Bill meant to restrict growth of regulations sparks contentious debate

By Hank Schultz contact

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Bill meant to restrict growth of regulations sparks contentious debate
Advocacy groups are reacting strongly to a bill sponsored by Sen. Rob Portman (R-OH) that would require a cost-benefit analysis to be performed for every new federal regulation.

The Regulatory Accountability Act​ has been branded the ‘Filthy Food Act’ by the Center for Science in the Public Interest, and the ‘Risk to Americans Act’ by the National Resources Defense Council, while the moniker the ‘License to Kill Bill’ is being passed around by an assortment of left wing media outlets.

Increasing competitiveness, agility of industry

The bill is a bipartisan effort; Sen. Heidi Heitkamp, D-ND is a cosponsor. It should be noted that fracking for oil has become big business in North Dakota and elsewhere in the West, and oil companies often complain that what they term as burdensome legislation limits the pace at which they can drill new wells.  The issue has become so contentious that last year the state of Colorado took municipalities to court to strike down local laws that sought to put extra restrictions on fracking activities close to residential areas.

For his part, Sen. Portman has this to say about the motivations behind the bill: When I visit a factory or small business in Ohio, one of the complaints I hear most often from employers is that there are too many costly and unnecessary regulations that limit their ability to invest in their business and create more jobs. We need a smarter regulatory process that promotes job creation, innovation, and economic growth, while also continuing to protect public health and safety and the environment.

Undermining protections that are in place?

CSPI of course has a different take. In a statement, the organization said, The bill would affect every aspect of Americas food supply, undermining federal work to prevent bioterrorist attacks on our food sources, inspect meat and eggs for Salmonella, reduce antibiotic-resistant bacteria in meat and poultry, and inform consumers about the content of the foods we eat.

The bill would force government agencies to apply a cold financial calculus to every important decision, emphasizing costs to business over benefits to people,​the organization concluded.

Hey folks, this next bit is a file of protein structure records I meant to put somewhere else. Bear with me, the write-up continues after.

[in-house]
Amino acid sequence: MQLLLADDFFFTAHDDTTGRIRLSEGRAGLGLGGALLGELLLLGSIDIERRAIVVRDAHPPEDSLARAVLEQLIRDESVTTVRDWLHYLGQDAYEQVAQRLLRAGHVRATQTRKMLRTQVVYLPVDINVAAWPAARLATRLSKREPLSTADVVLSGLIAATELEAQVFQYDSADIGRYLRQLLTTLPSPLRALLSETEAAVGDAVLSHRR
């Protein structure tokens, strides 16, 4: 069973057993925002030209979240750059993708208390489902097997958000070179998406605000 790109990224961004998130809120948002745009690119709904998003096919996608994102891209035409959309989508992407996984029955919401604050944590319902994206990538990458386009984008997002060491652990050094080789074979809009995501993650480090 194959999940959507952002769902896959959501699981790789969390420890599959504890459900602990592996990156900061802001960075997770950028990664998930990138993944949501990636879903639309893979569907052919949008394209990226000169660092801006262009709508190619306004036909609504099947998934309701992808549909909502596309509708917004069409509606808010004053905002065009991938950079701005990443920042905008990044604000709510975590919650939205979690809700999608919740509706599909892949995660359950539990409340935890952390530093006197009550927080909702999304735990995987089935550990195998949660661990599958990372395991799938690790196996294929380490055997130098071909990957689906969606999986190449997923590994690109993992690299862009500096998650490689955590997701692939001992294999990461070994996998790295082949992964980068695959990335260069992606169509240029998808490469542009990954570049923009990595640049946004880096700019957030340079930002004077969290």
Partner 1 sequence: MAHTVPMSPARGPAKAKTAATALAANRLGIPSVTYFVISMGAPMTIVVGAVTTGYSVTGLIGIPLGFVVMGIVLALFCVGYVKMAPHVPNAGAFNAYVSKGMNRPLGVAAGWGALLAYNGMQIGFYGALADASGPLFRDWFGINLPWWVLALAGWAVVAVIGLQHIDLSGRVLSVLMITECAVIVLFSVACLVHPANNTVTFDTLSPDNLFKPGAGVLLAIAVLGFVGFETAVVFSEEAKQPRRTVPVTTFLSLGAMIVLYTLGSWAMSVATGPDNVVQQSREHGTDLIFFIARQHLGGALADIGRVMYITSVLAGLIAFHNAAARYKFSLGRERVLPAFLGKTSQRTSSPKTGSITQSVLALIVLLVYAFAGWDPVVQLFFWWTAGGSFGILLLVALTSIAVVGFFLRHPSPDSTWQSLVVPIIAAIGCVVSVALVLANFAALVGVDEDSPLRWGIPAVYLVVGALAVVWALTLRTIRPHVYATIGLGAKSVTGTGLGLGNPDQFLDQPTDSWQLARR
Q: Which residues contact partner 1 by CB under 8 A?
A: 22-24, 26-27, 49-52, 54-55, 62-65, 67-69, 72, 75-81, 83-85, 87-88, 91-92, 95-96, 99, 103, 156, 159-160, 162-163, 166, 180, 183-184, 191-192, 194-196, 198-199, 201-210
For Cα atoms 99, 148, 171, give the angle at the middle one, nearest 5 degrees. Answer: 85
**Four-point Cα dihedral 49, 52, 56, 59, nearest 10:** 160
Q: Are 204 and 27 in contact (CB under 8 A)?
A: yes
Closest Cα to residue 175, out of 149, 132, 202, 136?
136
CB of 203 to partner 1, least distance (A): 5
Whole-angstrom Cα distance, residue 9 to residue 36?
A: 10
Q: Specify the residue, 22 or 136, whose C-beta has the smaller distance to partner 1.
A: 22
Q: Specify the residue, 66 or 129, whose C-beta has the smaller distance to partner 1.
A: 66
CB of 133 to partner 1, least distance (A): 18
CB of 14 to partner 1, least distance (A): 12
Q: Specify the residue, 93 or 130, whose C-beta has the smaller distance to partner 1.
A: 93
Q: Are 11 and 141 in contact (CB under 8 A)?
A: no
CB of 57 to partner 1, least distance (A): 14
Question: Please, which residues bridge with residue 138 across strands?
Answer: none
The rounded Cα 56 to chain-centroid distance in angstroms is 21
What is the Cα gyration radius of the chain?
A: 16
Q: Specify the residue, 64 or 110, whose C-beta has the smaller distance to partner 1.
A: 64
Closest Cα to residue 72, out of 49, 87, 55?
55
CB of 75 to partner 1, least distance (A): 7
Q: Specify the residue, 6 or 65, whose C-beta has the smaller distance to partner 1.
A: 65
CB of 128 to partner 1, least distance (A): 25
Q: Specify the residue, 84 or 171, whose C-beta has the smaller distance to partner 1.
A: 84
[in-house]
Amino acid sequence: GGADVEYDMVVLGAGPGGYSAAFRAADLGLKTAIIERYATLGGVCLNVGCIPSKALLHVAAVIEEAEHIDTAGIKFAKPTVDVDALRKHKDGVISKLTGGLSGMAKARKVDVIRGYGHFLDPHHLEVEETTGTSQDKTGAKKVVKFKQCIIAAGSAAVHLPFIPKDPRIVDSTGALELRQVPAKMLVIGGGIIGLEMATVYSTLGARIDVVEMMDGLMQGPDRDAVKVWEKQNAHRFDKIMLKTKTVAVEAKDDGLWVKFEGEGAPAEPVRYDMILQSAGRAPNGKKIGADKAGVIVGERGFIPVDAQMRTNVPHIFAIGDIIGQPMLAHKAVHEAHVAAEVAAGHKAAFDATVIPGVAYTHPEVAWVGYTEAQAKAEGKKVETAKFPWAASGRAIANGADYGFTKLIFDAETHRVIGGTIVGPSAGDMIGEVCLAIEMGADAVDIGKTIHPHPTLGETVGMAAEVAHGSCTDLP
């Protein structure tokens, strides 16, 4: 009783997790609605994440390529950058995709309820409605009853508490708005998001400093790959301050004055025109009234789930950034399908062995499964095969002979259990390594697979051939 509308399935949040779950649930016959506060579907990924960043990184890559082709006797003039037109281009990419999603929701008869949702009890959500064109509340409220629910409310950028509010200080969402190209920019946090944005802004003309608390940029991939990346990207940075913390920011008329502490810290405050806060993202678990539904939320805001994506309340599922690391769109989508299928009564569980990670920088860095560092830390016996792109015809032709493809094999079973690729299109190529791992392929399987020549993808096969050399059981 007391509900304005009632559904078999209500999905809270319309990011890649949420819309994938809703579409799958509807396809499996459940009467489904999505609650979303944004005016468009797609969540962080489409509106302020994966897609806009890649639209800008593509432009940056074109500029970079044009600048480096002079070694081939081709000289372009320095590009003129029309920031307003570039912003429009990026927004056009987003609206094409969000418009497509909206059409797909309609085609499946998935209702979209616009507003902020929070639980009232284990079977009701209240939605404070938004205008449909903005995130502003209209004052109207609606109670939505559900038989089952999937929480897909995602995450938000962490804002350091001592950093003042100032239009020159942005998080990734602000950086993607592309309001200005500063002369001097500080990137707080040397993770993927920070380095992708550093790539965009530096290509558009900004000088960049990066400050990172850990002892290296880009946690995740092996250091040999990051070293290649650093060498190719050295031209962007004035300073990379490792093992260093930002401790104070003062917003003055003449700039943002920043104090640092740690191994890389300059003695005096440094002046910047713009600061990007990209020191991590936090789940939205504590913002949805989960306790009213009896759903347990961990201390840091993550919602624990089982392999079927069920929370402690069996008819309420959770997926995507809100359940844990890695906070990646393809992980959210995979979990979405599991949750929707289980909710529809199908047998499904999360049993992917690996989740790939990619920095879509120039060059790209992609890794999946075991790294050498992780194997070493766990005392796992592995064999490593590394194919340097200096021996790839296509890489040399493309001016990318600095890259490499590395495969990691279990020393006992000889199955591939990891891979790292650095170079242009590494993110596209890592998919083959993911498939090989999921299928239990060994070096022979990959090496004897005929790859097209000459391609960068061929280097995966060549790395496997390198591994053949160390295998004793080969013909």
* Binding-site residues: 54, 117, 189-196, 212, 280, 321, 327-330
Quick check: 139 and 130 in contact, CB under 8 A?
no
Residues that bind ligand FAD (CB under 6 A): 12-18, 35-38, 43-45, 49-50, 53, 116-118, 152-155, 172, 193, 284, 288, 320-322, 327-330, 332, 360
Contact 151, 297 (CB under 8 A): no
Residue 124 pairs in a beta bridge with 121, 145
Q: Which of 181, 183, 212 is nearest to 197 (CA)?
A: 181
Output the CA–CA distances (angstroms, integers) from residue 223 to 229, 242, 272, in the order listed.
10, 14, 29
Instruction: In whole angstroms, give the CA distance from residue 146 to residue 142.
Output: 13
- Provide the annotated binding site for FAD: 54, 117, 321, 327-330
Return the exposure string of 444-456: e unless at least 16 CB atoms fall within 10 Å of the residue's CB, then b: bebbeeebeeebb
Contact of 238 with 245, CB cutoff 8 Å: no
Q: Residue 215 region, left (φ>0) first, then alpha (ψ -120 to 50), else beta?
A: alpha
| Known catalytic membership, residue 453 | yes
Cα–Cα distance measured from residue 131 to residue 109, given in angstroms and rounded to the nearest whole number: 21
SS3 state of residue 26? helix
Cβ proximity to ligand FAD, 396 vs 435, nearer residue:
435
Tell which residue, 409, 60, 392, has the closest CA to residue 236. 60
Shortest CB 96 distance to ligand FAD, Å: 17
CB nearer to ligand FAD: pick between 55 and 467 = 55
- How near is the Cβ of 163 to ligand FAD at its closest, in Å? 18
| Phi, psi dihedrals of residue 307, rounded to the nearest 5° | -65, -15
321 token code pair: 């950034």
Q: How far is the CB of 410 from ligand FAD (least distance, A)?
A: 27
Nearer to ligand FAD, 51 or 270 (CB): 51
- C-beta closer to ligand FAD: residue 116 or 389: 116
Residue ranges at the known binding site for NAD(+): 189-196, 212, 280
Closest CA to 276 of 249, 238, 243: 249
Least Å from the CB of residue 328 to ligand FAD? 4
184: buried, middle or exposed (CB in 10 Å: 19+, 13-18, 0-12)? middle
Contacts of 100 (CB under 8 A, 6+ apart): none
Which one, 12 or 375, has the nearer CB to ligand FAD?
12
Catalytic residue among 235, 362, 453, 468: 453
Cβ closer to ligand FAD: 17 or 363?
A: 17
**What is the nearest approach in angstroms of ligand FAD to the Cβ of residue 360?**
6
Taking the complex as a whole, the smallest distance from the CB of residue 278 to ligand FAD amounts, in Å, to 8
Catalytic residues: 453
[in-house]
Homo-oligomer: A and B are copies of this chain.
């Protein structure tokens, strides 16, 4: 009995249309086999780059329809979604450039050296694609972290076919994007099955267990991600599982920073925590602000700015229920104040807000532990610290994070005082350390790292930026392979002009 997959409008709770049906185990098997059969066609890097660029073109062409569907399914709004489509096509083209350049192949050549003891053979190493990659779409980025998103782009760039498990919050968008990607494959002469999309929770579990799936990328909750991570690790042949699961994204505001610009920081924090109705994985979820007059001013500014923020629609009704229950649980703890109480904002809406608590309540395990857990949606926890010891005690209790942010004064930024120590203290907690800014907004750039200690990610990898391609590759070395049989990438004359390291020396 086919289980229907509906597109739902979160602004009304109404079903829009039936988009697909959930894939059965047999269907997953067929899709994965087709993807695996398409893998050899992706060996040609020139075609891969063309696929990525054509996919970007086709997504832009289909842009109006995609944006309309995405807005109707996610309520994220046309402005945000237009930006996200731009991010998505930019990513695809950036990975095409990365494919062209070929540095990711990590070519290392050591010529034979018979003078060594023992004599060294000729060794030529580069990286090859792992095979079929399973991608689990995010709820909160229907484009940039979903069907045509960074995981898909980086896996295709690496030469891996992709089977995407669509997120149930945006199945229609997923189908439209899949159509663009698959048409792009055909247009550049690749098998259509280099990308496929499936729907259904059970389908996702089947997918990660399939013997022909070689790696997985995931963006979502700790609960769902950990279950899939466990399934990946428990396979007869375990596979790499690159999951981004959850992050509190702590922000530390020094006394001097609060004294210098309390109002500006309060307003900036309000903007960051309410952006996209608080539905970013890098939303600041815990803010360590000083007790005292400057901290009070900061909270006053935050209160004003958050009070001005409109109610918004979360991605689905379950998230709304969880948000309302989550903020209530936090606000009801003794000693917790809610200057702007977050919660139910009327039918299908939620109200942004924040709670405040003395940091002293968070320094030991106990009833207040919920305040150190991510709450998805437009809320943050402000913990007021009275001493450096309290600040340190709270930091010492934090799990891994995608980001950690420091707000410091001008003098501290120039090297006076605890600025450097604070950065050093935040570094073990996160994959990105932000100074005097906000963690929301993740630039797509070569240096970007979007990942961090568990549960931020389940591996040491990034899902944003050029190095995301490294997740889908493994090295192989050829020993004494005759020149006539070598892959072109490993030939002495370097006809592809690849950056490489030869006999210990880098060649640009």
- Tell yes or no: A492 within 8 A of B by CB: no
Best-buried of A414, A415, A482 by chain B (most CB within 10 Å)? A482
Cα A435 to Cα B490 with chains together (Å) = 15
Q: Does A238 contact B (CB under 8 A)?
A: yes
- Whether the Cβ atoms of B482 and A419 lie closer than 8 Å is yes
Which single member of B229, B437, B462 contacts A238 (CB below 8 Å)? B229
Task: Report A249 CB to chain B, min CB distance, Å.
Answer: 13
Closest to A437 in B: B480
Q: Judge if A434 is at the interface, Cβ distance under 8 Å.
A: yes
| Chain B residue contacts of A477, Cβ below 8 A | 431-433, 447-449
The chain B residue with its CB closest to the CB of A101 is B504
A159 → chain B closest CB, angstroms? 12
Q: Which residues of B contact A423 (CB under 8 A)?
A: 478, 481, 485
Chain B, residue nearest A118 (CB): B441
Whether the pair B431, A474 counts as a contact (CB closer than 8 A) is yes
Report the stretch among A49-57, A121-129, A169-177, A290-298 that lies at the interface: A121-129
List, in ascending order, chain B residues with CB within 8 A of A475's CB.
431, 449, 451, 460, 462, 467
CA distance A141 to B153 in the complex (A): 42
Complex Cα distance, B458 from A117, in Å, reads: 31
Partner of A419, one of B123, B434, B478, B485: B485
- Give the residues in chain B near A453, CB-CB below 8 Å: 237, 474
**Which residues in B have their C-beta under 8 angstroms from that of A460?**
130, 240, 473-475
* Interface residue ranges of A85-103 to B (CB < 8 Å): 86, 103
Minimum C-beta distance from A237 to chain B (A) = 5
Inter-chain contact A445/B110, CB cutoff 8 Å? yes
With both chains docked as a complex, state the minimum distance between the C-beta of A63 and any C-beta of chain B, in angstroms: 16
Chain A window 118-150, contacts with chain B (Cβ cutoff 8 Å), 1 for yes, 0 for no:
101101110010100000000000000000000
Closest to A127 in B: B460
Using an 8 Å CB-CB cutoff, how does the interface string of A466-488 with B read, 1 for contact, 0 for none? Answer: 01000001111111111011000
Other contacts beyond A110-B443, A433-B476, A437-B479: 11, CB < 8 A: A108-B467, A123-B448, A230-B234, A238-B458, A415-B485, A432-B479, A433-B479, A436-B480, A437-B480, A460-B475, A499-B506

Dollar figures put on rules

The bill would place new rules into ‘major guidance’ and ‘high impact rule’ categories, based on their potential effect on the economy.  A ‘major guidance’ is one that would have an annual impact of $100 million or more;  for a  ‘high impact rule’ that figure is $1 billion.  The definitions of both categories also include caveats about their effects on consumer prices and on competitiveness and employment, qualifiers that presumably could ensnare most proposed new regulatory actions into the review process even if they don’t clear the dollar figure hurdle.  The bill would require federal agencies to draft clear, easy-to-understand rules and provide an outline of how the agency will analyze the rules’ potential impacts.  And all of that would be subject to judicial review.

Restoration of separation of powers

Washington, DC-based attorney Jonathan Emord has a record of taking regulatory agencies to court on behalf of food and beverage clients and winning. Emord, who makes no secret of his view that the growth of the modern regulatory structure in government has diminished civil liberties, said the bill is a reasonable brake on the power of regulatory agencies.  He views the bill as only a first step in restoring the balance of government as laid down in the U.S. Constitution.

The reforms that are taken here are not all that is necessary to restore the separation of powers under the law that has been sorely rent by the explosion of regulatory power,​Emord told FoodNavigator-USA.

Under the Constitution only Congress is authorized to make law.  But since the 1930s, with the growth of the power of the regulatory agencies, some of these agencies have become both accuser, prosecutor and judge and we end up with unjust results as a matter of course,​ he said.

This bill would require a full oral evidentiary hearing with the opportunity for cross examination of witnesses. It would slow the process and require more deliberation before a rule could be imposed,​ Emord noted.

Rule making already seen as labyrinthine

Alan Lewis is a communications manager and government affairs specialist for Natural Grocers by Vitamin Cottage, an organic foods and dietary supplement retailing chain with more than 140 stores in the western U.S.  The company is noted for its high standards, including instituting its own rules on what qualifies as grass fed dairy products.  Lewis said in his view the regulatory process is already quite deliberate and cumbersome, and this bill wouldn’t do much to change that.

Bureaucratic rule making already takes decades.  It took 17 years in the case of dietary supplement GMPs, and 10 years in the case of the national organic production final rule.  I dont see how this bill would either speed up or slow down the regulatory process, or make it more helpful, for that matter,​ he said.

Related topics: Regulation

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